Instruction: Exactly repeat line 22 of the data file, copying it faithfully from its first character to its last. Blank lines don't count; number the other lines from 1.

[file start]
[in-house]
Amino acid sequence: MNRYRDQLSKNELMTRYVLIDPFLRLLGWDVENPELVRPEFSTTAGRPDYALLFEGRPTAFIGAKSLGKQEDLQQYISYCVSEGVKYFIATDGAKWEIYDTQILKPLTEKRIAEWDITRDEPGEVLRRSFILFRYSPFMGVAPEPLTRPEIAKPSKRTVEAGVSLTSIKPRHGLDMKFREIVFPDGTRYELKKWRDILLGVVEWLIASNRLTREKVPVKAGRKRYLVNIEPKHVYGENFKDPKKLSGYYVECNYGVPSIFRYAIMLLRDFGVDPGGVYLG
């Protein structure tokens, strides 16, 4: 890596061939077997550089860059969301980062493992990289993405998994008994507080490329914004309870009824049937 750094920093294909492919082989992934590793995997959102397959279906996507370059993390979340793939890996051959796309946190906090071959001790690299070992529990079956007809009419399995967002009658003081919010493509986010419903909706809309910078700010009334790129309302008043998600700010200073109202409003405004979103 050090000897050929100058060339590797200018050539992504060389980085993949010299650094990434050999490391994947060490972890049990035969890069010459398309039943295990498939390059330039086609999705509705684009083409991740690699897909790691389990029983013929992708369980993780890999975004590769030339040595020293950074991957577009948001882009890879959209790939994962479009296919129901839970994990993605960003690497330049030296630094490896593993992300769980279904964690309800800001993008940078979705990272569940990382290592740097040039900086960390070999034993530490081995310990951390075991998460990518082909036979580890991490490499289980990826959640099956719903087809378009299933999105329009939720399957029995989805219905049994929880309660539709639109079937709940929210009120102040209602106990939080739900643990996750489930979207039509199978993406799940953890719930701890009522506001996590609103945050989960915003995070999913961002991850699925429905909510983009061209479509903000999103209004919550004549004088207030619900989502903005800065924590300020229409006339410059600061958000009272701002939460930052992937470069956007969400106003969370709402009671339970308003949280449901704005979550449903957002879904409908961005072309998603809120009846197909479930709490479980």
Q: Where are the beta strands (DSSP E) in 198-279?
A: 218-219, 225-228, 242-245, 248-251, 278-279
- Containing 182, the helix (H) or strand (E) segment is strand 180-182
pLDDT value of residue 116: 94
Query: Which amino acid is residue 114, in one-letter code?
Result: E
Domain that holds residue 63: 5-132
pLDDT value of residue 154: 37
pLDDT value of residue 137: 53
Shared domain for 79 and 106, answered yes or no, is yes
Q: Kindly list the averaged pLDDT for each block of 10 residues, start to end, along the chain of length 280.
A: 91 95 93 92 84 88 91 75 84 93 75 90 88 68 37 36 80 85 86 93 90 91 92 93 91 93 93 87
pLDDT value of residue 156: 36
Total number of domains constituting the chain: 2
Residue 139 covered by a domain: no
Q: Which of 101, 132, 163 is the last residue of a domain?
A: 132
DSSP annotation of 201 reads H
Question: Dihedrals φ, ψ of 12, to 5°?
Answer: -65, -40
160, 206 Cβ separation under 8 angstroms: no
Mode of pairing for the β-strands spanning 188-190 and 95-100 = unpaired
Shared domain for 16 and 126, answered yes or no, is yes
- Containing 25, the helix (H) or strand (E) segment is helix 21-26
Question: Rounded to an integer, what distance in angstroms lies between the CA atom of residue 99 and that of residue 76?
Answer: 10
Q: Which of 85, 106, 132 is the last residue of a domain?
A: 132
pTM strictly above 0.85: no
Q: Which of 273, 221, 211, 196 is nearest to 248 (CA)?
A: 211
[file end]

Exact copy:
Question: Dihedrals φ, ψ of 12, to 5°?